I made a copied of my slip pattern so I could lay both patterns on my fabric at the same time. Aline the center rose motif with the center line of the  pattern.  Make adjustments as needed. Pin in place and cut out your lace/fabric bodice.

And the front bodice is done. I made 1 inch shoulder straps that buttoned in the back and added piping to the top edge and bottom edge of the bodice.

I wish I could show you the expressions on the Flower Girls faces. This was their first look at the bride in her dress. They were  totally mesmerized. They told her that they had pretty white dresses to put on also.

Thursday, June 12, 2014


The Wedding

My absence from my blog (this time) is for a good reason.  My youngest son and new daughter-in-law got married last Saturday.  Can't believe they have been married for over a week! Time flies.

The trip to the altar took about 6 years of  match making between her mother and I.  Her mother (my partner in crime) loves to spin yarn and knit and weave. We spent an afternoon comparing our drawn thread work UFOs and other hand work.  

Chase and Rebecca were blessed with the title of "Chabecca" from his pesky little sister and it has stuck.

Yes, I am dreaming of red headed grandchildren in a couple of years. Just think of all the things I could smock.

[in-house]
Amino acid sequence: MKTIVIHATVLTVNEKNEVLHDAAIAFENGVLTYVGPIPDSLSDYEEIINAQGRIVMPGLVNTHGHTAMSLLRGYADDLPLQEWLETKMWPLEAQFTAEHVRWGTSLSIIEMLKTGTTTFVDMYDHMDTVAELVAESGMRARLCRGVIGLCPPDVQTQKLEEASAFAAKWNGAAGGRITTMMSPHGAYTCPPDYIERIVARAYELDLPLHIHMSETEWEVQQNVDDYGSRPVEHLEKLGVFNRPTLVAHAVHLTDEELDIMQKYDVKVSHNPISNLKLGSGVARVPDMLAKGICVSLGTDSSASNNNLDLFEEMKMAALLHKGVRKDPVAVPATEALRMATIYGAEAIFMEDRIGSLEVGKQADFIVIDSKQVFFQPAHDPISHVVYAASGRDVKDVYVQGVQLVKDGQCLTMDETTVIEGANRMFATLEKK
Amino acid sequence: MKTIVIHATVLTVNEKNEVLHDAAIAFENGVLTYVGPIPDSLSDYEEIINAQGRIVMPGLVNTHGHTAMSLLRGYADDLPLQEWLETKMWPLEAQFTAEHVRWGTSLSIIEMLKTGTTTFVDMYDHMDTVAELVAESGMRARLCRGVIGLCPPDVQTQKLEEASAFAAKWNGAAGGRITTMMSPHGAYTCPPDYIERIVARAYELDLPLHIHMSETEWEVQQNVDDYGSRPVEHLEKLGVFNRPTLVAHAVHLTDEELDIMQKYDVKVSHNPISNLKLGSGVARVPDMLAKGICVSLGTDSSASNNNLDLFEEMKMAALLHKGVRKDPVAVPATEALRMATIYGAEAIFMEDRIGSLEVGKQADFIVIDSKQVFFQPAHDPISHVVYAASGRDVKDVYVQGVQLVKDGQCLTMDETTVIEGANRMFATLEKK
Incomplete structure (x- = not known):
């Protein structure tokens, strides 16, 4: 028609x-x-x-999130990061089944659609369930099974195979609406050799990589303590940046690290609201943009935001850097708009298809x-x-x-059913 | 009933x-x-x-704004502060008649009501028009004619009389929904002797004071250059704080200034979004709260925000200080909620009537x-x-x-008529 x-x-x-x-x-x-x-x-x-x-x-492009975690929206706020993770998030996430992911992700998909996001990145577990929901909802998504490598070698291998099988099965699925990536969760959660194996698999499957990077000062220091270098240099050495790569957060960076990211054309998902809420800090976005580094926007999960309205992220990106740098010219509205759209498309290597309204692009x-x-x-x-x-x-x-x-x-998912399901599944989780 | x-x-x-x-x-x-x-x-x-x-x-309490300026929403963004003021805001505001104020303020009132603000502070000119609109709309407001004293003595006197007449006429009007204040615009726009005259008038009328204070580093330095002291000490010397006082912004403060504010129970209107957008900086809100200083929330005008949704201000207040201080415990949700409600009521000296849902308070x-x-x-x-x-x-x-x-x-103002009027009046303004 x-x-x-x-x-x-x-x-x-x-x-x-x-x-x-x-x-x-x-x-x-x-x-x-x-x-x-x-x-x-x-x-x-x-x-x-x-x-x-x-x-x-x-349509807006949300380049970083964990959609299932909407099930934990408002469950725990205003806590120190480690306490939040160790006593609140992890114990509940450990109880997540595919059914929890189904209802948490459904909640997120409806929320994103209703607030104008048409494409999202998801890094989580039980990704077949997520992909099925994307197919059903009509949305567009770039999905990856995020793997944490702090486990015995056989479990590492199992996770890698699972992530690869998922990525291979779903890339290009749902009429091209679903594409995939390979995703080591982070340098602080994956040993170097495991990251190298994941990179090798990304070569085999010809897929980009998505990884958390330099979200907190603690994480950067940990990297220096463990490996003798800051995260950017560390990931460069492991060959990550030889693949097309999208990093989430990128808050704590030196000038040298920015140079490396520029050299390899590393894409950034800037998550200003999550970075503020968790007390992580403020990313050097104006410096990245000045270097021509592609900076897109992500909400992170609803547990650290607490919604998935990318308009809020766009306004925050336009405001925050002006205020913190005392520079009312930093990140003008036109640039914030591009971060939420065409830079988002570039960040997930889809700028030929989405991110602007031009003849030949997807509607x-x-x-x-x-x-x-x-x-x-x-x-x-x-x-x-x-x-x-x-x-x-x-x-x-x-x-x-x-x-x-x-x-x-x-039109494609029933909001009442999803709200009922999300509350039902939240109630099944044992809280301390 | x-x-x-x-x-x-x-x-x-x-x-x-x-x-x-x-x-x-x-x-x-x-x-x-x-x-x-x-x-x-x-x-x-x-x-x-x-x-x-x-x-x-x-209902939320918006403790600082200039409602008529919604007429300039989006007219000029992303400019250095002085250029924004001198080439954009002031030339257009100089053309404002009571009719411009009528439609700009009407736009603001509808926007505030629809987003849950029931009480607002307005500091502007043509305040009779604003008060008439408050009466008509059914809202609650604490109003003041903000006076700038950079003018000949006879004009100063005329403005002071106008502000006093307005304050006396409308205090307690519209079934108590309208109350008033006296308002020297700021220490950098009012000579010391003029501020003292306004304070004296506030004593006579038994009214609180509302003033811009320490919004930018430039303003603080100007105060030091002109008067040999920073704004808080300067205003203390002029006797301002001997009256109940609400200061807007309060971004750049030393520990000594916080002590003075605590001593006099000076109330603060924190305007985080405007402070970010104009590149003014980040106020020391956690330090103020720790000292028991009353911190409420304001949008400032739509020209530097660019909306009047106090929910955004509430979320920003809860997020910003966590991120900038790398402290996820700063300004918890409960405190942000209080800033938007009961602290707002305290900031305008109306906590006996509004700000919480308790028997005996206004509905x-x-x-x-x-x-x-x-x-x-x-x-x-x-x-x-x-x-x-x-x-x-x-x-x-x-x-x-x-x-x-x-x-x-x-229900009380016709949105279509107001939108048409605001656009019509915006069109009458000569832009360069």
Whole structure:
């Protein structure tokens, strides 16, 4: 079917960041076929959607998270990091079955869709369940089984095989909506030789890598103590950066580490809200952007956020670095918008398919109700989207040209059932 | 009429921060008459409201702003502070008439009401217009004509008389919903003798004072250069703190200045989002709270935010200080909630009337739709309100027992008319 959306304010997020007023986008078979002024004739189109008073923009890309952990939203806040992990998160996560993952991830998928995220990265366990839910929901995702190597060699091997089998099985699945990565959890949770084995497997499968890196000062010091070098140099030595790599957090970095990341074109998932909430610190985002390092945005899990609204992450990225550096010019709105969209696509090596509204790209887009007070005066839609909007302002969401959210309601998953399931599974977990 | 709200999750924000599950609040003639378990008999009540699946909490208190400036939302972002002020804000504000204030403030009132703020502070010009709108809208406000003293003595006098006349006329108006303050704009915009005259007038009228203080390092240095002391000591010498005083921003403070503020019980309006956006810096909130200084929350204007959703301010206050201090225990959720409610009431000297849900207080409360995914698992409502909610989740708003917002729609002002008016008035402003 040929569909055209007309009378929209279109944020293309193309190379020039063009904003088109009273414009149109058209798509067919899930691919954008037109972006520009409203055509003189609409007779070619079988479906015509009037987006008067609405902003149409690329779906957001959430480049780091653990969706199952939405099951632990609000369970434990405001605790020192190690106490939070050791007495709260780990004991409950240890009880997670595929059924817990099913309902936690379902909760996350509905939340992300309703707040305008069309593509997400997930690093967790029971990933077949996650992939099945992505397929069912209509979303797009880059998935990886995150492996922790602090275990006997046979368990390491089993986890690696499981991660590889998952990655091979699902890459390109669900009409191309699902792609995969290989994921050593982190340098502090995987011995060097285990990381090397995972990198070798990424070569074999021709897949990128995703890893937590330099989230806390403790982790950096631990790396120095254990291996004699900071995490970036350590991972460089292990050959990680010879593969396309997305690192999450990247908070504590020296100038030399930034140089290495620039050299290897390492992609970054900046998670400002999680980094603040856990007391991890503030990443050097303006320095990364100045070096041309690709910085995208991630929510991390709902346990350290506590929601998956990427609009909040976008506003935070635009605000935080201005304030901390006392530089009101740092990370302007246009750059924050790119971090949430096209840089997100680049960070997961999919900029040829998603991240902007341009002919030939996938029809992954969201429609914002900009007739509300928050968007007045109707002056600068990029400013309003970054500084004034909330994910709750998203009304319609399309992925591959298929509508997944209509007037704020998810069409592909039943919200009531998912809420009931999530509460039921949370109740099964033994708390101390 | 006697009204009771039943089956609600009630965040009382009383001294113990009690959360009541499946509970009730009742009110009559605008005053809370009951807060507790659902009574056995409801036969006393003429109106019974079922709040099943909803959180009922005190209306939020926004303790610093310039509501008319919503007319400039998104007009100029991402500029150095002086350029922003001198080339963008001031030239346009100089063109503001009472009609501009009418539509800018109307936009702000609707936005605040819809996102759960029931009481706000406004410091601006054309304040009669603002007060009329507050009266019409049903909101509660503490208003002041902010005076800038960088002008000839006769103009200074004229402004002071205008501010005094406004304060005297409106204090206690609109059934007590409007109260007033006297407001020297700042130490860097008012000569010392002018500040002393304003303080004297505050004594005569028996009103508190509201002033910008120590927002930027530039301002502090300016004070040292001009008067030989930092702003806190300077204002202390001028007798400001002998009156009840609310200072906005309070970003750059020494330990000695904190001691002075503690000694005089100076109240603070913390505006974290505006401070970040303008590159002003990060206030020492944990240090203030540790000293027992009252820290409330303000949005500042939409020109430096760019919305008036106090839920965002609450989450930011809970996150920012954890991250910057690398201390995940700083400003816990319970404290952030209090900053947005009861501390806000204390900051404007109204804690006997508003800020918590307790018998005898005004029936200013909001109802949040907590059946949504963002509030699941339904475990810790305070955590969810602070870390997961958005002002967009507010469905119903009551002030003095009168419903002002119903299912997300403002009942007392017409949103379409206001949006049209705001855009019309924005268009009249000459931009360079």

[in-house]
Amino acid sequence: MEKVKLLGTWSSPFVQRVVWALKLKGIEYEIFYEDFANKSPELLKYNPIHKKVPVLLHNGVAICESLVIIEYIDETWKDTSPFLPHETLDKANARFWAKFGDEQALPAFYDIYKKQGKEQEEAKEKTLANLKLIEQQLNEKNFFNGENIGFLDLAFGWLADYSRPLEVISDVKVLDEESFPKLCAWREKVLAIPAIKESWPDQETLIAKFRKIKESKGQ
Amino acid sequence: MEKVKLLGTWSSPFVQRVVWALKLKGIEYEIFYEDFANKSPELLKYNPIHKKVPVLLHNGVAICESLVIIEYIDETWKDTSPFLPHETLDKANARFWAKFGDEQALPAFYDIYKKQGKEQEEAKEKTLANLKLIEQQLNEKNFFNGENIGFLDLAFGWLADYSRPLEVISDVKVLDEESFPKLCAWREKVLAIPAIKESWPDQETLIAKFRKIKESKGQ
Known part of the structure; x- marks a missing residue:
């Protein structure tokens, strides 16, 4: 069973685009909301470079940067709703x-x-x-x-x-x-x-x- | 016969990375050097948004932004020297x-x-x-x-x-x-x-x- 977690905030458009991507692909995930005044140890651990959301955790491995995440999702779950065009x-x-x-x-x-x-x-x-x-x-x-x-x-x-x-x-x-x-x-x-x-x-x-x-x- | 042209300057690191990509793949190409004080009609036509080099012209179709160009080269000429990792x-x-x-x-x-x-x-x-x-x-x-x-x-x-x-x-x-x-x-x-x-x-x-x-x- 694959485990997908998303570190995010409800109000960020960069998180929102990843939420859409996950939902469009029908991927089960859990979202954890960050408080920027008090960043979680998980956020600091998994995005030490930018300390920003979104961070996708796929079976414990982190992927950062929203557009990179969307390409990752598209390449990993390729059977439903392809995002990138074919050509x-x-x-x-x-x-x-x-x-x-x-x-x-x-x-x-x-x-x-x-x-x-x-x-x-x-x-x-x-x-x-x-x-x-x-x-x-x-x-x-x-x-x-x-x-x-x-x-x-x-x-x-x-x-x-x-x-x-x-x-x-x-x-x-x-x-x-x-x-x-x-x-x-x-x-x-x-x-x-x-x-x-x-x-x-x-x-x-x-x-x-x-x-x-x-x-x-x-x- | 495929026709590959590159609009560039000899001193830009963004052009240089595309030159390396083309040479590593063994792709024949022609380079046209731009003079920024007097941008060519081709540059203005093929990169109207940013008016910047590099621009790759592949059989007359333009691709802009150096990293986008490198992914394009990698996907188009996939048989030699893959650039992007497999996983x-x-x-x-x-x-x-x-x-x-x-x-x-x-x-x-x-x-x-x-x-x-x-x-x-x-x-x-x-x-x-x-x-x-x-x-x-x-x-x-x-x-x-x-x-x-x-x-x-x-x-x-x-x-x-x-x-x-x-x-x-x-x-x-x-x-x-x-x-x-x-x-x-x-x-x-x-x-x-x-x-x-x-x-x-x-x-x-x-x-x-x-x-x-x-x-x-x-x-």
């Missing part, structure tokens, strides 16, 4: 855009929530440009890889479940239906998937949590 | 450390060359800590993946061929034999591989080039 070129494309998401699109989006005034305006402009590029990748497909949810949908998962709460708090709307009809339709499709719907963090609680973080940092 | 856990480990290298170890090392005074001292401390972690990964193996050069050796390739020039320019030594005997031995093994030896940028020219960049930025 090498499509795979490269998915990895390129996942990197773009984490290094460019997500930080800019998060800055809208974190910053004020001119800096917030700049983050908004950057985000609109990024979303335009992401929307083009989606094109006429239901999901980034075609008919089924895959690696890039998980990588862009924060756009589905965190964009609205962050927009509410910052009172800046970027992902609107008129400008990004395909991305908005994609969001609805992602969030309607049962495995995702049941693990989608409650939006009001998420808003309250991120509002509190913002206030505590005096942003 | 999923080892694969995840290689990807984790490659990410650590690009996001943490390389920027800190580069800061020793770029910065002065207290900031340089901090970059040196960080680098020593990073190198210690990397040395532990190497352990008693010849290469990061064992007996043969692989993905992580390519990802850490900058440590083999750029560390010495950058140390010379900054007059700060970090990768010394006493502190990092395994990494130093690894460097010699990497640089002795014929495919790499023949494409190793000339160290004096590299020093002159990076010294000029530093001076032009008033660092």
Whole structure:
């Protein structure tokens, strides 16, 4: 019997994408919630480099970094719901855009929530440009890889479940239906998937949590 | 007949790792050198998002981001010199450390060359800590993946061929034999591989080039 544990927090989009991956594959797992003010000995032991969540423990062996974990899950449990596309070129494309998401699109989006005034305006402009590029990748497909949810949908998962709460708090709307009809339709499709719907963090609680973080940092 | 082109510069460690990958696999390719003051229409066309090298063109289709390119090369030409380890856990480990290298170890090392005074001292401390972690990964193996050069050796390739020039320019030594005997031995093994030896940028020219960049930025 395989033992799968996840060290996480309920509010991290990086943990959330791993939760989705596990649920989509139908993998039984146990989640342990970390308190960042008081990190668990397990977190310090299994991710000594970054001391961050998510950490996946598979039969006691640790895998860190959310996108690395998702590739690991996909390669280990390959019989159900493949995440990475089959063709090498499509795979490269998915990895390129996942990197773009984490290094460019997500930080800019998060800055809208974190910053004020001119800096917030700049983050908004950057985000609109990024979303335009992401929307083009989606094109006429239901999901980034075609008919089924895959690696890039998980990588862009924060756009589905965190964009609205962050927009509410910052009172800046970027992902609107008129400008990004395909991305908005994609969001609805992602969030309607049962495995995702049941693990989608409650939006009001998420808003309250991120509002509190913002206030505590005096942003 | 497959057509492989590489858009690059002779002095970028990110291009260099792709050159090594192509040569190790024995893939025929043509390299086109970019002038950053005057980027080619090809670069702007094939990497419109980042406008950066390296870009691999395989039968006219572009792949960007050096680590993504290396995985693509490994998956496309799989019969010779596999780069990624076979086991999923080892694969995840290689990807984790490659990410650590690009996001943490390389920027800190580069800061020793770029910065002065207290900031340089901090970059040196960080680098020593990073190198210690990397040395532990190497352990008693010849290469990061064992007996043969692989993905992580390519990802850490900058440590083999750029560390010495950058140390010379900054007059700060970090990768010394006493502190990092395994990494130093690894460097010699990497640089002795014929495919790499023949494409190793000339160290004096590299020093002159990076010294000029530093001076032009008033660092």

Next post.....The flower girl dresses and slips.

Saturday, April 19, 2014

Happy Easter

Don't you love my bangs!

Wednesday, February 12, 2014

Happy Birthday

 Today is my granddaughter's 3rd birthday. Wow, time has flown by!

She wore the birthday dress I made for her to school this morning.

I am proud to say the entire outfit was made from my stash. Being in the middle of an ice storm helped me stick to my de-stash pledge.

The dress pattern is Children's Corner Louise

The skirt is Michael Miller's "Children at play".

The top is Moda Essential Dots  in turquoise.  The piping and sash are hot pink cotton that has been in my stash for years.

The buttons on the back are shell buttons from  Lots of Buttons

I used 2 yards for the skirt.  The fabric is a double border along the length of the selvage.  This allowed me to have a full skirt and match the border print along the center back.

From the edge of the selvage(which has printed information on it) to the  beginning of the border print is 3 inches.

I carefully cut off the selvage because the printed words would show through. I turned up the fabric 1/4 inch then turned up again 1 inch. the hem was then stitched by hand.

I decided to add a small hot pink cotton rick rack to the hem line. I know I could just straight stitch the rick rack down but I don't like the way rick rack looks after it has been washed and all the points are curling. Plus, I know my granddaughter likes a little bling!

Starting at the center back, I used tiny dots of basting glue and applied the rick rack where I wanted it. After everything was dry, I stitched seed beads to the points of the rick rack. I used short lengths of thread because this is a dress for a very active 3 year old.

Friday, January 31, 2014

New Smocking Plates

I hope everyone is keeping warm this winter.